But any criticism of Lomborg generates 56 posts (generally defending the loolah and decrying any criticism of him…)

  50. @Veronica, Richard,

    As a (non-academic) statistician, I have tried to glean what I could from the writings on global warming. While the Royal Statistical Society criticised the methods of the CRU after “Climategate”, the recommended methods do not lead to different results. The case for global warming rests on computer models of the physical mechanisms and, so far, their predictions within limts of error have been borne out. The trends in temperature, Arctic sea ice, carbon dioxide levels and sea level rise all support the theory. At the moment, fitting an explanatory model to temperature based on carbon dioxide levels would not prove anything because simple correlation (like between my age and oil prices) would account for the result.

    Since the science is sound (and even if the predictions were off, it would be mad to ignore them), we would naturally expect that governments would make decisions that are rigorously science-based and act according to the best advice. That is where economists come in. As far I know (and is based mostly on reading Krugman), carbon-taxes to make alternative technologies competitive are the accepted market mechanism.

    The fact that governments are being wary of this issue arises from a well-funded rearguard action by the coal and oil industries, using the tactics pioneered by the tobacco companies in holding up the banning of tobacco for may years after the evidence was crystal clear. Indeed, in at least one case, an “Institute” set up by the nicotine industry just switched its main theme to climate change.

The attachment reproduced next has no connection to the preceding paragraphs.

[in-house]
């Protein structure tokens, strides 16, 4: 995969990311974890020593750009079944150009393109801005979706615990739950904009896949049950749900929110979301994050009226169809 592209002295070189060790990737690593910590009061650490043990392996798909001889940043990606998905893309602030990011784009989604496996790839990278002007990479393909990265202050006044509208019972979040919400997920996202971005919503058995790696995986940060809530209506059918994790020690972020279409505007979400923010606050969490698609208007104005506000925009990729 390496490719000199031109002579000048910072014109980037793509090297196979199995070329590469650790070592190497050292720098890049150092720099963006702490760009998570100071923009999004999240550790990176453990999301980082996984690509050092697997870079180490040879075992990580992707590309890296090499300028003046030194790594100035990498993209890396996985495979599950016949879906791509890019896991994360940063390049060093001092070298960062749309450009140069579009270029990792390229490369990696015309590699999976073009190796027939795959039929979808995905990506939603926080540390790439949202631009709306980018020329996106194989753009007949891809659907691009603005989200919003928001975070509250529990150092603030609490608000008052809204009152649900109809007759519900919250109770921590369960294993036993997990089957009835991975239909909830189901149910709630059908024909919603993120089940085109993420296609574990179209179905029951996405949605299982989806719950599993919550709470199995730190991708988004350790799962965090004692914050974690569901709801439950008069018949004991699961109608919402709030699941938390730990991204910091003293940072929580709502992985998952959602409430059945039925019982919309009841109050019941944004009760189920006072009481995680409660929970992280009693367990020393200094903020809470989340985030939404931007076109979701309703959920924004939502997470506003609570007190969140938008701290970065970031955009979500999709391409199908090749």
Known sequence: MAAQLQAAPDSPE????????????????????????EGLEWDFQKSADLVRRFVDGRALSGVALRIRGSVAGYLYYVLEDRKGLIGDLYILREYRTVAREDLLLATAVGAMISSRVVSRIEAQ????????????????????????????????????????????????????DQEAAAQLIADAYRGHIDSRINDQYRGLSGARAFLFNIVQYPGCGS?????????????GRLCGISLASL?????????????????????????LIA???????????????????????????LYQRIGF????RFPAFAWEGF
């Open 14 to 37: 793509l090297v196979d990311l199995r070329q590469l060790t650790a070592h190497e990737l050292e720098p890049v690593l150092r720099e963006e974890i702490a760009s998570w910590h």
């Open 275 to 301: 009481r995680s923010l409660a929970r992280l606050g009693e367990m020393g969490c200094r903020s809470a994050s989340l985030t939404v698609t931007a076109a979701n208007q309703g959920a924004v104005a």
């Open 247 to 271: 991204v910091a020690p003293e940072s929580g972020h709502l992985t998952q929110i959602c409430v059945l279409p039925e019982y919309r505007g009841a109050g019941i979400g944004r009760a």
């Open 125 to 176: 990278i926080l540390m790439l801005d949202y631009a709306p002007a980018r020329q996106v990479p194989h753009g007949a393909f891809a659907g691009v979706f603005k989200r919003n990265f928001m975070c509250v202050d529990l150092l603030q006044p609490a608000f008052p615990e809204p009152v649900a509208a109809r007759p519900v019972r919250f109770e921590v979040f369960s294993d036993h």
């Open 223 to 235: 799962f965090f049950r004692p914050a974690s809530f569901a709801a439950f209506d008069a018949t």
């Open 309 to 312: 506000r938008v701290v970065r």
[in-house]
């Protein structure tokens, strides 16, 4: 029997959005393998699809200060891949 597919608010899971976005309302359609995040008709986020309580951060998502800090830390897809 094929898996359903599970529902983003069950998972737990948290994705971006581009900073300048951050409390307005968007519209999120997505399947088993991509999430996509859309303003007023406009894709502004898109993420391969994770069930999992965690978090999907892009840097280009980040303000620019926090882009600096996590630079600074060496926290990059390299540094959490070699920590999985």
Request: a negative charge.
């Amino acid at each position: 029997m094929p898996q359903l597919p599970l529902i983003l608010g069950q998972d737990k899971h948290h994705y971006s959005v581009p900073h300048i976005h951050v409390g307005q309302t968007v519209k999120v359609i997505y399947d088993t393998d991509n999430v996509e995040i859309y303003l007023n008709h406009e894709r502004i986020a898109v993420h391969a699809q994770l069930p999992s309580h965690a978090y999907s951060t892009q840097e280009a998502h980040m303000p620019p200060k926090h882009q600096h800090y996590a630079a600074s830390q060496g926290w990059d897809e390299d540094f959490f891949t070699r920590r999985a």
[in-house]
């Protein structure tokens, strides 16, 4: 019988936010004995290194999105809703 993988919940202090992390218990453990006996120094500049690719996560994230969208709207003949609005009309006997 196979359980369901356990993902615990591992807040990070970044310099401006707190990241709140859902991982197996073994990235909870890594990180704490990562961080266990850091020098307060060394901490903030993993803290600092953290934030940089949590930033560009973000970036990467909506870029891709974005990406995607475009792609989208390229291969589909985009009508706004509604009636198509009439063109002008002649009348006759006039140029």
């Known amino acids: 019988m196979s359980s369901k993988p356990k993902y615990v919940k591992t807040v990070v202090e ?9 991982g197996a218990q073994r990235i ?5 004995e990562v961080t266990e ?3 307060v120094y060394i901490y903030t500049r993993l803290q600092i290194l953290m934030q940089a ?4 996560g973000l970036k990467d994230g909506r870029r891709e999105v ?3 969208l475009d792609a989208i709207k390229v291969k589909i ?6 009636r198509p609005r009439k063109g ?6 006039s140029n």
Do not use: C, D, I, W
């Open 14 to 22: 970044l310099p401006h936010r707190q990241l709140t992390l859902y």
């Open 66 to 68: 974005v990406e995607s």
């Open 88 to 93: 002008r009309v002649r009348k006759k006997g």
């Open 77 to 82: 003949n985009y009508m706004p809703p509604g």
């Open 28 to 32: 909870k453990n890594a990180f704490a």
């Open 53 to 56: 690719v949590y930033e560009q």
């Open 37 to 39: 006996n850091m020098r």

The fact that public support for action on climate change has dropped has a simpler explanation than Veronica’s: the cold winters in the US and Europe made it hard for anyone to accept global warming at the moment. No matter how often they are told otherwise, people interpret the climate by the daily weather.

    However, I have been mainly following this debate in the US. Comes from been more interested in US politics than the boring old EU. However, may Richard could go into more detail about how the ETS departs from the correct economic model for handling coal, oil and the new technologies we need to bring to market to replace them.

  51. @toby
    Please don’t oversimplify the public discourse on climate change. Recall that Al Gore’s formative years were in tobacco and he is as guilty of manipulating the evidence on climate change as anyone.

    Note also that the choice is not between “climate policy” and “no climate policy”. The question is how fast emissions should be reduced, and economists have said many things about that all of which has been ignored (since Bush Sr left office).

    The problems with the ETS are well-rehearsed. The main problems are overallocation of permits because the authority to allocate permits was given to the Member States rather than the Commission; and the grandparenting of permits which is essentially a big subsidy to industry. The bureaucracy is needlessly cumbersome. The carousel fraud that is now being investigated was entirely predictable. Seller-beware liability will lead to further fraud.

  52. @fergaloh
    Lomborg is wrong in that piece. Government subsidies are not very effective in steering and accelerating applied R&D. Technology would progress faster if the government were to tax carbon dioxide emissions and let companies sort out what R&D is needed and how much.

  53. Gibbons: “LOOKING TO a statistician or economist for expert guidance on complex scientific matters… when it comes to climate science… a small band of people operating entirely beyond their training or competence… emerged as international experts.”

    Prof Tol: “Gibbons suggests that statisticians and economists have no relevant expertise on climate science and policy”

    Gibbons: “Without Lomborg’s meticulous preparatory work, the “Climategate” red herring – since debunked – might have not been so eagerly swallowed.”

    Prof Tol: “Gibbons oddly suggests that Lomborg is behind “climategate””

    I think that’s clear enough.

    As is Prof Tol’s assertion that “Lomborg can now afford to be more accurate”, which is very reassuring.

  54. @Richard,

    I know you said “please”, but I will call the public debate on climate as I see it, thank you. I know how you and your compadres in the Global Warming Whatsit would like to spin it. Pity you just made yourselves part of the problem. Your website reads like an inferior version of Anthony Watts’. For all his faults, give me Al Gore any day of the week.